Since mid-February, once a week (other than a fortnightly mid-session break) I have posted 300 or so words for Over a cuppa, a series of prompts to reflect on learning and teaching during the time it takes to make and drink a cuppa.

The posts have been focussed on the practice of teaching, rather than students’ reflections for learning. My starting point was a belief that reflective practice is a learned skill, as outlined in the Professional Learning and Capability Enhancement (PLaCE) Framework, which includes the following capabilities from Foundational to Expert levels:

  • Articulate the principles of, approaches to, and the values of, reflective practice.
  • Reflect on own teaching, learning support and/or curriculum/assessment design practices.
  • Explain actions taken in response to reflection on, and in, practice.
  • Engage in sustained reflection on own educational practices and critique actions taken in response.
  • Implement strategies to promote a culture that values reflective practice.
  • Develop and support the strategic and systematic embedding of reflexivity into educational practice.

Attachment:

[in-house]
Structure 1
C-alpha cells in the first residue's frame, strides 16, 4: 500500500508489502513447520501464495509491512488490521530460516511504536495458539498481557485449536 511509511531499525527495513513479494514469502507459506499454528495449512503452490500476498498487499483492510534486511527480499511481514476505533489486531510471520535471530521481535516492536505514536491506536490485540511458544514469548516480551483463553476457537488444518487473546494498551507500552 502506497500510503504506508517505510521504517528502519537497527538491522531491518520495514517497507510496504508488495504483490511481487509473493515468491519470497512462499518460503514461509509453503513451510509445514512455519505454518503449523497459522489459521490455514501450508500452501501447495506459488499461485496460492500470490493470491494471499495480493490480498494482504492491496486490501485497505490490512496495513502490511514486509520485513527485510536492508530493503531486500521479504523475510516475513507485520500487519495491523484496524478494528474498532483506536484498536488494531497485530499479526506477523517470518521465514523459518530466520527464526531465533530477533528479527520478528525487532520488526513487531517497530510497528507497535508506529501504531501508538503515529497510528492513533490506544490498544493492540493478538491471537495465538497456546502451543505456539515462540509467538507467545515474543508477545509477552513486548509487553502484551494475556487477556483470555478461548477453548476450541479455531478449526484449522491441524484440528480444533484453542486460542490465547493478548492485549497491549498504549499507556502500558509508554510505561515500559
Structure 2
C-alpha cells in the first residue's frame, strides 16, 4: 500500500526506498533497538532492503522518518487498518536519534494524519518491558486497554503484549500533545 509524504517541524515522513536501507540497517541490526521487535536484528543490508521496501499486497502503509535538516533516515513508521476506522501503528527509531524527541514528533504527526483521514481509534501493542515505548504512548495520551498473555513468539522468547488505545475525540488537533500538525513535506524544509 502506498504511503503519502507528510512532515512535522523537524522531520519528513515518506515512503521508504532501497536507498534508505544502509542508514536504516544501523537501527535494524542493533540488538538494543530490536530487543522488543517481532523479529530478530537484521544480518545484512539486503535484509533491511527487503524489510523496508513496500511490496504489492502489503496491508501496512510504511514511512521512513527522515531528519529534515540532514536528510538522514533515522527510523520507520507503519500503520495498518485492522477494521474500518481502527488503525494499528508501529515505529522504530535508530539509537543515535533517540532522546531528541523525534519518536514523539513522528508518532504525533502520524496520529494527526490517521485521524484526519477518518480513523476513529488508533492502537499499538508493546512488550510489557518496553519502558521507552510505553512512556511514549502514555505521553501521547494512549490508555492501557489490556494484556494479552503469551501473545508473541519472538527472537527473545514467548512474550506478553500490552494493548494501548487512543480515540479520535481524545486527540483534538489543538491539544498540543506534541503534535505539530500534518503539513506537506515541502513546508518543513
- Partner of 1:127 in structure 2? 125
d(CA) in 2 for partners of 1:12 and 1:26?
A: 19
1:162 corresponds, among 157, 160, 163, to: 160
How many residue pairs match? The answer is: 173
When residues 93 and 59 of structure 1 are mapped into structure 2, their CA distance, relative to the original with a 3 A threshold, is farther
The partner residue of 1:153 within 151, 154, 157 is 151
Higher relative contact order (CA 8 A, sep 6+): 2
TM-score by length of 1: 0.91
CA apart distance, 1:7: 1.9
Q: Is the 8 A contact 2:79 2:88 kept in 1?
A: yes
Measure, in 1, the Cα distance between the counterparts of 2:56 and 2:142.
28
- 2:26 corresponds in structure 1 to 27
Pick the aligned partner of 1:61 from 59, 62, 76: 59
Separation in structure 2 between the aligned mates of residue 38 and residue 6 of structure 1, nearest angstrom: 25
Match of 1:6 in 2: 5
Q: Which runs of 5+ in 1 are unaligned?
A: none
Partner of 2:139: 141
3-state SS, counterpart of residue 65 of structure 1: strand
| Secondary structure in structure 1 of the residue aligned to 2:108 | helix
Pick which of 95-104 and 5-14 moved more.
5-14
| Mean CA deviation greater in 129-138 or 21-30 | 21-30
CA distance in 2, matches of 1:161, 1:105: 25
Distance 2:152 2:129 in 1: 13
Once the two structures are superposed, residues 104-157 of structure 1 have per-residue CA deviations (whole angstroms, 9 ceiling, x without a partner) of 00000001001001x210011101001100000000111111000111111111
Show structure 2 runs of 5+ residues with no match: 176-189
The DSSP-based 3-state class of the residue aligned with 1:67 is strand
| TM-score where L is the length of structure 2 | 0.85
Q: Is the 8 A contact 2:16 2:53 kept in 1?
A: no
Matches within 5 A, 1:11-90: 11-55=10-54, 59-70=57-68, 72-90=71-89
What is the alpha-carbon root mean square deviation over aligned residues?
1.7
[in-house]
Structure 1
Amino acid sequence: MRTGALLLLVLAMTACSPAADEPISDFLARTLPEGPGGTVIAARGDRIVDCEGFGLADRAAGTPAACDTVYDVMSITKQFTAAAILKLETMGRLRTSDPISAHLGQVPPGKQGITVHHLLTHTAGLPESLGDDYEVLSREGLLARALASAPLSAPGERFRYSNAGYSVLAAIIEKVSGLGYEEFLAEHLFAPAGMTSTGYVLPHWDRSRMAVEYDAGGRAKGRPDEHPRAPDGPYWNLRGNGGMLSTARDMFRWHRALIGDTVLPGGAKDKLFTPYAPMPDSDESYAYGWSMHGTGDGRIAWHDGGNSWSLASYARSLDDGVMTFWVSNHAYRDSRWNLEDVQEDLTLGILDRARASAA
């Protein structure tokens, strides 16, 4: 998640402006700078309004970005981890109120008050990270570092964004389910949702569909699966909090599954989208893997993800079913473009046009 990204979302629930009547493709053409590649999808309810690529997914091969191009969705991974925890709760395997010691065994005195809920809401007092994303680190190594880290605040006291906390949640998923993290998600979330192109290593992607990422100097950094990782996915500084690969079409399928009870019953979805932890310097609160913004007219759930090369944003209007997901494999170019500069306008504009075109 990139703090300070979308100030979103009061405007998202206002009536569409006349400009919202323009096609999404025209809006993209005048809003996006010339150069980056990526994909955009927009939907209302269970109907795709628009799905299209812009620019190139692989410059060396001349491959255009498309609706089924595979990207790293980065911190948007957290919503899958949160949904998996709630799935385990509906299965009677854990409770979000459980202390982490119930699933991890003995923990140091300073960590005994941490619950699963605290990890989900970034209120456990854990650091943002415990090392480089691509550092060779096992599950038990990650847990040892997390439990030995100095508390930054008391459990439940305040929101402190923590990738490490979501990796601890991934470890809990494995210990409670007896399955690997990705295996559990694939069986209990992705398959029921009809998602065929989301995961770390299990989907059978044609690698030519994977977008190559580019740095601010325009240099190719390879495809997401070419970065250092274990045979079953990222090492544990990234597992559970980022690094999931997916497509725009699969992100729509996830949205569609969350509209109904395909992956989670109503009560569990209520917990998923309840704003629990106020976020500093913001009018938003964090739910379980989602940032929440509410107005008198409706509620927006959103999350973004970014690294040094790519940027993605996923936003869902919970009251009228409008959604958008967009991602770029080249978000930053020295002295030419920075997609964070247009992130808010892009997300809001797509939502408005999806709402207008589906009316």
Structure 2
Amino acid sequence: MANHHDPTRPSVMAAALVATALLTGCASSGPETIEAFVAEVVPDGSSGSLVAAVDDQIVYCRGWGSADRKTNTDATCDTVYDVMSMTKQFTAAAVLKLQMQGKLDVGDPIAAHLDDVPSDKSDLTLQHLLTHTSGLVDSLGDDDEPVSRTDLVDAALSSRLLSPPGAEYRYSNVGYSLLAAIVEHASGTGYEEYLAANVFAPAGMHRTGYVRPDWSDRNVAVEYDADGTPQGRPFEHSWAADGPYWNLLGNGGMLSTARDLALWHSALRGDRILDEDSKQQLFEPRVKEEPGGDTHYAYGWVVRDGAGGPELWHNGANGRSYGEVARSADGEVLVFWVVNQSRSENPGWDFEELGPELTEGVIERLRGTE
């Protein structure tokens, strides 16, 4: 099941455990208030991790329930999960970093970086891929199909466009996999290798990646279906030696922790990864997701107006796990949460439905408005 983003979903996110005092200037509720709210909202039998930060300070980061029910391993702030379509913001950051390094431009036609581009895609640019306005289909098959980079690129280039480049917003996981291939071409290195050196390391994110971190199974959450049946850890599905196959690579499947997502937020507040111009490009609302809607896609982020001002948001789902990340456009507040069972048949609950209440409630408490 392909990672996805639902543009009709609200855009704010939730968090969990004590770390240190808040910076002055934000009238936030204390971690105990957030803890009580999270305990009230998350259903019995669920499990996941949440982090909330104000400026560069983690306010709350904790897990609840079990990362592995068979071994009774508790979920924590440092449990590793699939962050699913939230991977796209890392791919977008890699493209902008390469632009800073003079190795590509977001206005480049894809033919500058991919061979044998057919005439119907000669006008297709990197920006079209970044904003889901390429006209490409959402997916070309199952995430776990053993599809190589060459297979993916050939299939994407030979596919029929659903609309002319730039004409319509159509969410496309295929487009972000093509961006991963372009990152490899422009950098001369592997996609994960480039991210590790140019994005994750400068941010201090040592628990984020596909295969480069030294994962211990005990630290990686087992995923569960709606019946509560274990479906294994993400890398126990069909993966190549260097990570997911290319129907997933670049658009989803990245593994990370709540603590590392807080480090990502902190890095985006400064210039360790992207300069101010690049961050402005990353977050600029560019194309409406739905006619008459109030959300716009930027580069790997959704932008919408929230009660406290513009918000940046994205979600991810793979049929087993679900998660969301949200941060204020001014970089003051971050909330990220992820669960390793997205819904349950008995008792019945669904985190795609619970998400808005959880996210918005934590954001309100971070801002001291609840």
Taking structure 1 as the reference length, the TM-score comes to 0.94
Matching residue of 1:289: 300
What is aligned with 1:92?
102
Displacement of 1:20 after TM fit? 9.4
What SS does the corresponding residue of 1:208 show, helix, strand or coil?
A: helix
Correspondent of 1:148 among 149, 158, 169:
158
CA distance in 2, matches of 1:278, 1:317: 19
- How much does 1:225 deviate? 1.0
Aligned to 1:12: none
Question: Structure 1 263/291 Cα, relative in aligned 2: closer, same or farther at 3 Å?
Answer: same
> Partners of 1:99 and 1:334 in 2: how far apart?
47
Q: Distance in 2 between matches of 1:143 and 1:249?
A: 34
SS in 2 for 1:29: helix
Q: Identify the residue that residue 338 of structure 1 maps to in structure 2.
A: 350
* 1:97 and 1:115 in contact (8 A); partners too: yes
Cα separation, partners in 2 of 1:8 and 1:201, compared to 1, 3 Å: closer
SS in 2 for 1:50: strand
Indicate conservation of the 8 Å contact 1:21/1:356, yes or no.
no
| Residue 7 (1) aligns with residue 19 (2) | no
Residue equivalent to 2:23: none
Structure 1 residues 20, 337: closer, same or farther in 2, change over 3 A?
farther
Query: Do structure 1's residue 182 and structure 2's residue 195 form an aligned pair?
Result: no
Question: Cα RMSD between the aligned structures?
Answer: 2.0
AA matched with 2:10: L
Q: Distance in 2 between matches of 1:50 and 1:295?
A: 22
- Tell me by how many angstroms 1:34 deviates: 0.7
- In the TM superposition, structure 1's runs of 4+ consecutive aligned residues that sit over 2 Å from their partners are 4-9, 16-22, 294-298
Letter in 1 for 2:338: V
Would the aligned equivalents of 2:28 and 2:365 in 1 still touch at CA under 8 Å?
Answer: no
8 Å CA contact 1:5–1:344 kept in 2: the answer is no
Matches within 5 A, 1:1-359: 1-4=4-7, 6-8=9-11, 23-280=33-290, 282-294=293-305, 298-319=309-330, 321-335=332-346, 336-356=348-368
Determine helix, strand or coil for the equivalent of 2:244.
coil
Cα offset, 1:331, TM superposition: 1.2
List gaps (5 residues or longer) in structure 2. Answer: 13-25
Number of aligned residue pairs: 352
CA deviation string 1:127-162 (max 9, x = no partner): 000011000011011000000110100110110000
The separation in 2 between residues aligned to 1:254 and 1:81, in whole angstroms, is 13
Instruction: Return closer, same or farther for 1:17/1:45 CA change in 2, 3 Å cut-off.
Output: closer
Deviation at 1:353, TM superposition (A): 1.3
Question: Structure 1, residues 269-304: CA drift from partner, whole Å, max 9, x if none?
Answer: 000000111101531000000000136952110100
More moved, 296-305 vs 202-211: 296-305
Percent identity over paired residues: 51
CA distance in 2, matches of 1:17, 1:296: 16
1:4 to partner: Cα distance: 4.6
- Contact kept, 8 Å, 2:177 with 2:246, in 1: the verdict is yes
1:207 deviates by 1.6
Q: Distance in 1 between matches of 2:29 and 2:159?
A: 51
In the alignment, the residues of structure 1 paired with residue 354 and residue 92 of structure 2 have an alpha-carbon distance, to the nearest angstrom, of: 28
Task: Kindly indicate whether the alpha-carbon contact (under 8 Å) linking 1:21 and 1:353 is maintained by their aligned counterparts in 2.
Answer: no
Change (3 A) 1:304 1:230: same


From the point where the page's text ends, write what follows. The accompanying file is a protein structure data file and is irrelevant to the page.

I have read (or reread) several books, including Schön’s (1983) The Reflective Practitioner; hook’s (1994) Teaching to Transgress; Brookfield’s (2017) Becoming a critically reflective teacher; Carter’s (2020) Academic Identity and the Place of Stories, as well as numerous journal articles.

I also linked to an interview with Stephen Brookfield, poetry, a meditation, creative non-fiction and my favourite tools for reflective practice – the Teaching Perspectives Inventory, ImaginePhD and the AdvanceHE comprehensive scholarly practice guide.

For each post, my colleague Fidel Fernando created an original digital artwork.

The reading, writing and drawing that has contributed to these posts belies the fact that this was reflection in a hurry. My initial plans for the series went off-piste as my ‘writing along the way’ took me in unexpected directions, and some of the posts include aphorisms – Put on your teaching cloak, Don’t be the wizard behind the curtain – inspired by conversations with colleagues.

There is still a lot of reflection to be done and the series will continue at the end of July. I am looking forward to finishing Ashwin et al’s (2020) Reflective Teaching in Higher Education and posting about Mary Ryan’s work on reflexivity and Marina Harvey’s ecology of reflection.

Behind the scenes… creating this week’s image:

Click on the above image to view a time lapse video showing how Fidel created it!

Catch up on previous posts in this series:

Access previous ‘Reflection’ posts at this link.

Posted by Agnes Bosanquet

Leave a reply

Your email address will not be published. Required fields are marked *